The Gold Standard’s Comeback

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BY RALPH BENKO – On Wednesday, the world woke up to the Drudge Report featuring, as its banner headline, Steve Forbes, the CEO, editor, and former presidential candidate, predicting a U.S. gold standard within five years. And as liberal blogger Mike Konczal wrote last month: “Conservatives are . . . rallying around the gold standard wing of their party.”

Conservatives (among others) who are sickened by high unemployment and a runaway federal government should cheer the growing support for restoring the gold standard. But what’s behind the groundswell of support for the gold standard, and what does it mean?


The rally began last year when two groups (with which I am professionally associated) — American Principles Project and American Principles in Action — began promoting the gold standard. When joined by the Lehrman Institute’s web-based The Gold Standard Now (with which I am also professionally associated), the momentum grew notably stronger.

APP chairman Sean Fieler and APP policy director Jeffrey Bell appeared on The Wall Street Journal’s opinion page and elsewhere (as did APP advisor Charles Kadlec) making the case for gold. Conservative icon Lewis E. Lehrman, one of the two pro-gold members of the Reagan Gold Commission, also appeared, for the first time in decades, in The Wall Street Journal to argue the case for gold. That article was picked up by 4,000 other sites, and The Weekly Standard’s William Kristol responded by praising the gold standard on his blog.

The immensely respected Dr. Judy Shelton took leadership of the Atlas Economic Research Foundation’s Sound Money Project. And the Manhattan Institute held a major event articulating the developing conservative consensus for the gold standard. The Tea Party Patriots conducted a full breakout session on the gold standard at their first American Summit. The Iowa Tea Party, in concert with APIA, is launching a statewide bus tour with the gold standard prominent on the agenda. Reagan official David Stockman and journalist James Grant recently drew almost 1,000 listeners to hear them advocate the gold standard in New York City. Stockman’s remarks proved riveting.

Many people hadn’t heard much about the return, in force and fury, of the gold standard proponents until Drudge nailed it. What the heck is it? Why does it matter?

The gold standard is the unfinished part of Reagan’s (and Kemp’s) economic growth agenda. Abundant empirical data demonstrates that the gold standard holds the key to recharging economic growth. America’s economic growth has been punk for over a decade, barely more than 2% annually.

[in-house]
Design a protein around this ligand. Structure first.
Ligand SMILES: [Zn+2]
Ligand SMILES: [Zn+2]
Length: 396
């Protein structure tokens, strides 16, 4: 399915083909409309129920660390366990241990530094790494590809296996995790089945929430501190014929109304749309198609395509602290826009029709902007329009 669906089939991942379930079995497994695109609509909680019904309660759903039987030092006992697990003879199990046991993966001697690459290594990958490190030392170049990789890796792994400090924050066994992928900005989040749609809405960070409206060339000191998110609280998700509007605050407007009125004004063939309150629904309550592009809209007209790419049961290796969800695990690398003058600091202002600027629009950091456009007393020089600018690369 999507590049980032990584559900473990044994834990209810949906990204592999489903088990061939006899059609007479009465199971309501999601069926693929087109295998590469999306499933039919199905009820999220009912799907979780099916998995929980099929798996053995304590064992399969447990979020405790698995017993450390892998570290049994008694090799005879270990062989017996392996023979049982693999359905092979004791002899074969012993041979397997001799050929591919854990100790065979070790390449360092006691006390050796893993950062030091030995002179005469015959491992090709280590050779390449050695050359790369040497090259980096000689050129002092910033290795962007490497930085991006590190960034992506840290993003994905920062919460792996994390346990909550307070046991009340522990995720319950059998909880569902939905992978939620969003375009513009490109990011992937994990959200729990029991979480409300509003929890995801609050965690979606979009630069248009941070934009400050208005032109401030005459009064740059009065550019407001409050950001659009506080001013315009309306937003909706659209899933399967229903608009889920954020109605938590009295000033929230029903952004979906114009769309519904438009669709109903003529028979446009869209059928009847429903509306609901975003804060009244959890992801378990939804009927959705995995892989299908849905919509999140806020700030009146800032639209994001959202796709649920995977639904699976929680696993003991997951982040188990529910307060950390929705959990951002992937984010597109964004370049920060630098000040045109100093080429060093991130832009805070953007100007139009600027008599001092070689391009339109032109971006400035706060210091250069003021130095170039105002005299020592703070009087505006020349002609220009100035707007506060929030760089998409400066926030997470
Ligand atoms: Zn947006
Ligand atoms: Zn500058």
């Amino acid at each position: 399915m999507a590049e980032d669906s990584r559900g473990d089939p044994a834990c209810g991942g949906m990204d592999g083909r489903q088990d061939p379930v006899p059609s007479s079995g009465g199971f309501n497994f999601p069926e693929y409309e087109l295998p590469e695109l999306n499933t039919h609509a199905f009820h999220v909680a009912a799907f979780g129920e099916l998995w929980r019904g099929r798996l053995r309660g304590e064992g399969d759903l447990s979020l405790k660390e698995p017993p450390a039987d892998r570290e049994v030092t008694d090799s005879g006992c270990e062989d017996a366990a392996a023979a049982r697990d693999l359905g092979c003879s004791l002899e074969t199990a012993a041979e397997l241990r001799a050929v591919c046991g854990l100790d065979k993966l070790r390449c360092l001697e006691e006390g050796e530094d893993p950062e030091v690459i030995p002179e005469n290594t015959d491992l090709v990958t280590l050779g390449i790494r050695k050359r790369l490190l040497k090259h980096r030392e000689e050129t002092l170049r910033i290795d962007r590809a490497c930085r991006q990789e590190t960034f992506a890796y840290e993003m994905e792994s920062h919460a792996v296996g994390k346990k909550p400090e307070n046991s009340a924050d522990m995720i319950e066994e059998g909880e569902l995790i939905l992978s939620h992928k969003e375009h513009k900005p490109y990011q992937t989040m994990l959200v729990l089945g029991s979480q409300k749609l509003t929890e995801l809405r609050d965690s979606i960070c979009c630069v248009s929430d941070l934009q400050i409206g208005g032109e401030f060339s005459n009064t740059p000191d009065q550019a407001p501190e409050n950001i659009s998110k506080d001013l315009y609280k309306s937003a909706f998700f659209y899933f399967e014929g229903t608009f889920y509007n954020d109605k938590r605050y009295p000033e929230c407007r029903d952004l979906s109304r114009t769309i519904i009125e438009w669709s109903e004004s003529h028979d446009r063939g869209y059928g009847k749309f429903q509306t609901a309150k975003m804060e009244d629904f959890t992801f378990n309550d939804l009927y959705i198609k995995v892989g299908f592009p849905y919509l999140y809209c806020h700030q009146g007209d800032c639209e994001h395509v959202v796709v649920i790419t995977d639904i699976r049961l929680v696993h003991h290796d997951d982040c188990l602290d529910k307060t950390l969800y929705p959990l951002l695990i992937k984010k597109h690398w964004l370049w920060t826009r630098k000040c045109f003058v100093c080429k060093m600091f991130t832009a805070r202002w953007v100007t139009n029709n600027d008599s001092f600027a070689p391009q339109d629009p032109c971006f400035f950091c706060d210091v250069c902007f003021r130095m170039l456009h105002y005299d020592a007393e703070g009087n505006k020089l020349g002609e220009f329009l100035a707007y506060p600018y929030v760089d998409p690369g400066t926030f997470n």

That’s dead stagnant! With a strong dollar — the gold standard — economic growth would resume at a more normal 3% pace. It could even give us 4%. Compounded over a decade, the economy would be on a fast-growth path. This would go a long way towards solving the deficit crisis and even the entitlements crisis. And it would create 20 million jobs.
As Ike Brannon astutely noted in The Daily Caller last week:

The primacy of economic growth in generating tax revenue cannot be overstated: the fastest post-war increases in tax revenue growth occurred in 1997-2000 and 2004-2007, when revenues went up by nearly 50% in each instance. Tax rates did not go up at all during that time — the rapid increase in revenue occurred because we were in a sustained period of strong economic growth.

While the gold standard sounds like an antique, it isn’t. It’s based on a simple idea: defining the dollar as a weight of gold. When my father was a young man, he could walk into any bank with a $20 bill and get a $20 one-ounce gold coin. When I was a young man, I could walk into any bank and exchange a dollar bill for a silver dollar. We didn’t use metal money to buy groceries or gas or anything else. But the legal right to exchange currency for gold made the currency hold its value.

Under the gold standard, we still will use credit cards, ATMs, cash, checks and online transfers. The gold standard is invisible. But under it, the dollar will hold its value rather than chronically decaying. When President Nixon took us off the gold standard (40 years ago in August), he promised that the dollar would hold its value. Instead, a 2011 dollar is worth less than one-fifth of 1971’s.

Inconvertible paper money decays, invariably, tanking the economy. Gold convertible money holds its value and promotes solid growth. It doesn’t look much different but it works. If the GOP is to refurbish its brand — after many Republican years, since Reagan, of economic stagnation — it must generate jobs and economic growth. The surest — the only sure — way to get there is to finish the Reagan policy agenda and restore the legal convertibility of our currency into gold. Gold is the authentic Path to Prosperity.

Ralph Benko, a member of the Tea Party Patriots, is the author of The Websters’ Dictionary: How to Use the Web to Transform the World and an advisor to The American Principles Project.

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